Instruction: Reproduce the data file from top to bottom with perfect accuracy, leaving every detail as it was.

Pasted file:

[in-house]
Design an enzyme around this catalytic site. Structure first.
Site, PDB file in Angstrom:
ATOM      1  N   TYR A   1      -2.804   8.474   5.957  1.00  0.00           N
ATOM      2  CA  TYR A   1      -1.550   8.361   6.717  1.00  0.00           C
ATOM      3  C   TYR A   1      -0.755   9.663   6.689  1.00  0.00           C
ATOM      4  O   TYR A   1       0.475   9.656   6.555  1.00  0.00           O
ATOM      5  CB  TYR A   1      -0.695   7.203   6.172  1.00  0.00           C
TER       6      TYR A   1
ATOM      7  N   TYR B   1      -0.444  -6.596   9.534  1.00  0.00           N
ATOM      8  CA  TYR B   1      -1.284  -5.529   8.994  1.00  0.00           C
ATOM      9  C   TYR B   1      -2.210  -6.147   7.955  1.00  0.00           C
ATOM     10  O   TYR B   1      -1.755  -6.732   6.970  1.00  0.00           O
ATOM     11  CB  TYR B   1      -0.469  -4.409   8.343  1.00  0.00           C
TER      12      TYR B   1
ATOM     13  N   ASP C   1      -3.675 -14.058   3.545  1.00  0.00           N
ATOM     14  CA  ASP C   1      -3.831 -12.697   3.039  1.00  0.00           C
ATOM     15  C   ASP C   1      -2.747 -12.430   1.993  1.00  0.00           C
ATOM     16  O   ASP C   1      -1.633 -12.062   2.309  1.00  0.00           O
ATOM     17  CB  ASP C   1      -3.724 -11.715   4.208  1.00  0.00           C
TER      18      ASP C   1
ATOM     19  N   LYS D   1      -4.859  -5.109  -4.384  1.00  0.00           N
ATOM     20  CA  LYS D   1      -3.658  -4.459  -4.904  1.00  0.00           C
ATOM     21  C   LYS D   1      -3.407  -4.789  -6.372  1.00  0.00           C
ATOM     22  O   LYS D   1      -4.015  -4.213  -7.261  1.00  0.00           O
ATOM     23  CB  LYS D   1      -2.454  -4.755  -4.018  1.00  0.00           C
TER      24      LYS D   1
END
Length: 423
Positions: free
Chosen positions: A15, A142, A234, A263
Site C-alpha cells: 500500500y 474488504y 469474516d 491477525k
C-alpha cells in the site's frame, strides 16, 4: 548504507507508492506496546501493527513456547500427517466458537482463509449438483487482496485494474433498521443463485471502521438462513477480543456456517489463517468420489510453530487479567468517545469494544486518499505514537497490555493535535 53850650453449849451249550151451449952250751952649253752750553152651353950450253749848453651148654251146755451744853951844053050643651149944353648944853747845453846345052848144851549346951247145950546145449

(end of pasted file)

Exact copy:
[in-house]
Design an enzyme around this catalytic site. Structure first.
Site, PDB file in Angstrom:
ATOM      1  N   TYR A   1      -2.804   8.474   5.957  1.00  0.00           N
ATOM      2  CA  TYR A   1      -1.550   8.361   6.717  1.00  0.00           C
ATOM      3  C   TYR A   1      -0.755   9.663   6.689  1.00  0.00           C
ATOM      4  O   TYR A   1       0.475   9.656   6.555  1.00  0.00           O
ATOM      5  CB  TYR A   1      -0.695   7.203   6.172  1.00  0.00           C
TER       6      TYR A   1
ATOM      7  N   TYR B   1      -0.444  -6.596   9.534  1.00  0.00           N
ATOM      8  CA  TYR B   1      -1.284  -5.529   8.994  1.00  0.00           C
ATOM      9  C   TYR B   1      -2.210  -6.147   7.955  1.00  0.00           C
ATOM     10  O   TYR B   1      -1.755  -6.732   6.970  1.00  0.00           O
ATOM     11  CB  TYR B   1      -0.469  -4.409   8.343  1.00  0.00           C
TER      12      TYR B   1
ATOM     13  N   ASP C   1      -3.675 -14.058   3.545  1.00  0.00           N
ATOM     14  CA  ASP C   1      -3.831 -12.697   3.039  1.00  0.00           C
ATOM     15  C   ASP C   1      -2.747 -12.430   1.993  1.00  0.00           C
ATOM     16  O   ASP C   1      -1.633 -12.062   2.309  1.00  0.00           O
ATOM     17  CB  ASP C   1      -3.724 -11.715   4.208  1.00  0.00           C
TER      18      ASP C   1
ATOM     19  N   LYS D   1      -4.859  -5.109  -4.384  1.00  0.00           N
ATOM     20  CA  LYS D   1      -3.658  -4.459  -4.904  1.00  0.00           C
ATOM     21  C   LYS D   1      -3.407  -4.789  -6.372  1.00  0.00           C
ATOM     22  O   LYS D   1      -4.015  -4.213  -7.261  1.00  0.00           O
ATOM     23  CB  LYS D   1      -2.454  -4.755  -4.018  1.00  0.00           C
TER      24      LYS D   1
END
Length: 423
Positions: free
Chosen positions: A15, A142, A234, A263
Site C-alpha cells: 500500500y 474488504y 469474516d 491477525k
C-alpha cells in the site's frame, strides 16, 4: 548504507507508492506496546501493527513456547500427517466458537482463509449438483487482496485494474433498521443463485471502521438462513477480543456456517489463517468420489510453530487479567468517545469494544486518499505514537497490555493535535 53850650453449849451249550151451449952250751952649253752750553152651353950450253749848453651148654251146755451744853951844053050643651149944353648944853747845453846345052848144851549346951247145950546145449